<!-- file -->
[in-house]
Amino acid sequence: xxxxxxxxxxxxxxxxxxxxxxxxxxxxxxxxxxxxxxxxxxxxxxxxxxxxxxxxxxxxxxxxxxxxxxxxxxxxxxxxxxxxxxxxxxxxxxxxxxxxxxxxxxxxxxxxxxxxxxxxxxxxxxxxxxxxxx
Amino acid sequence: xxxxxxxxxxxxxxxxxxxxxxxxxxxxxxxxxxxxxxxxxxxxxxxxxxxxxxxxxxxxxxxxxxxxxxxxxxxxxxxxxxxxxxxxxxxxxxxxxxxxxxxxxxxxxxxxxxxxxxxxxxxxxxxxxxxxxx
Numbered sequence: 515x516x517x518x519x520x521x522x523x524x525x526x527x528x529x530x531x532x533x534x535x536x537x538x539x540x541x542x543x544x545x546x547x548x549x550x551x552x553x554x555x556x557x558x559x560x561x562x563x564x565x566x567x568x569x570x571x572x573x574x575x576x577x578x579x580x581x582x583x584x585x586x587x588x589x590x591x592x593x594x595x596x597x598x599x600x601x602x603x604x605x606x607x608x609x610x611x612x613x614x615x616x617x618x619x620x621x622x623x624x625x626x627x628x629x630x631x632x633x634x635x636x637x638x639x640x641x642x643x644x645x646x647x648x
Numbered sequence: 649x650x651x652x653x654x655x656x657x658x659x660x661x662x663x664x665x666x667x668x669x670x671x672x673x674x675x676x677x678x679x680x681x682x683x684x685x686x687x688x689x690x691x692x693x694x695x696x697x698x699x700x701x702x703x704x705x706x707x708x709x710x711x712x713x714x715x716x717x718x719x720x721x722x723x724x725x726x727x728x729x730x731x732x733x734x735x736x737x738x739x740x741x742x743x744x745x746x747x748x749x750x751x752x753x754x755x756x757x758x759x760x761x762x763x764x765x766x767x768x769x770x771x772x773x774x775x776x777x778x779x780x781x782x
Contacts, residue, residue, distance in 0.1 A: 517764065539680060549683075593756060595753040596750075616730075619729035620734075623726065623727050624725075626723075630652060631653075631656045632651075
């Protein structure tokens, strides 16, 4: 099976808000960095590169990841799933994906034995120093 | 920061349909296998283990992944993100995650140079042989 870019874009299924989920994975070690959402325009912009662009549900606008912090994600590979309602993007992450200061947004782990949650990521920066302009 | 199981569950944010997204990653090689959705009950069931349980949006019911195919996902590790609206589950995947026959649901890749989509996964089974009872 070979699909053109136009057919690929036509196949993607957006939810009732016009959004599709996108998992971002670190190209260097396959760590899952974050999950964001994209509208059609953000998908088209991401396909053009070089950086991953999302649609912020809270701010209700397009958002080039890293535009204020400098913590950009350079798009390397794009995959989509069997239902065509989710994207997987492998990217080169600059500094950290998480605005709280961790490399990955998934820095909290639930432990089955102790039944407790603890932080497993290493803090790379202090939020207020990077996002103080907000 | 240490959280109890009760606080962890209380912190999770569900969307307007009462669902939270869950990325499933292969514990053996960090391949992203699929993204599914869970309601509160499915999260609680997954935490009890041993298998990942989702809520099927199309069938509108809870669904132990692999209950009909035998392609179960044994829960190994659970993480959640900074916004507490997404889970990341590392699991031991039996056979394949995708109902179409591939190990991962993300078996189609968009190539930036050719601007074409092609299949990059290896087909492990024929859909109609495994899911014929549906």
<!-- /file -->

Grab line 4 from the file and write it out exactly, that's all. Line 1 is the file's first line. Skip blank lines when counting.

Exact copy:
Numbered sequence: 515x516x517x518x519x520x521x522x523x524x525x526x527x528x529x530x531x532x533x534x535x536x537x538x539x540x541x542x543x544x545x546x547x548x549x550x551x552x553x554x555x556x557x558x559x560x561x562x563x564x565x566x567x568x569x570x571x572x573x574x575x576x577x578x579x580x581x582x583x584x585x586x587x588x589x590x591x592x593x594x595x596x597x598x599x600x601x602x603x604x605x606x607x608x609x610x611x612x613x614x615x616x617x618x619x620x621x622x623x624x625x626x627x628x629x630x631x632x633x634x635x636x637x638x639x640x641x642x643x644x645x646x647x648x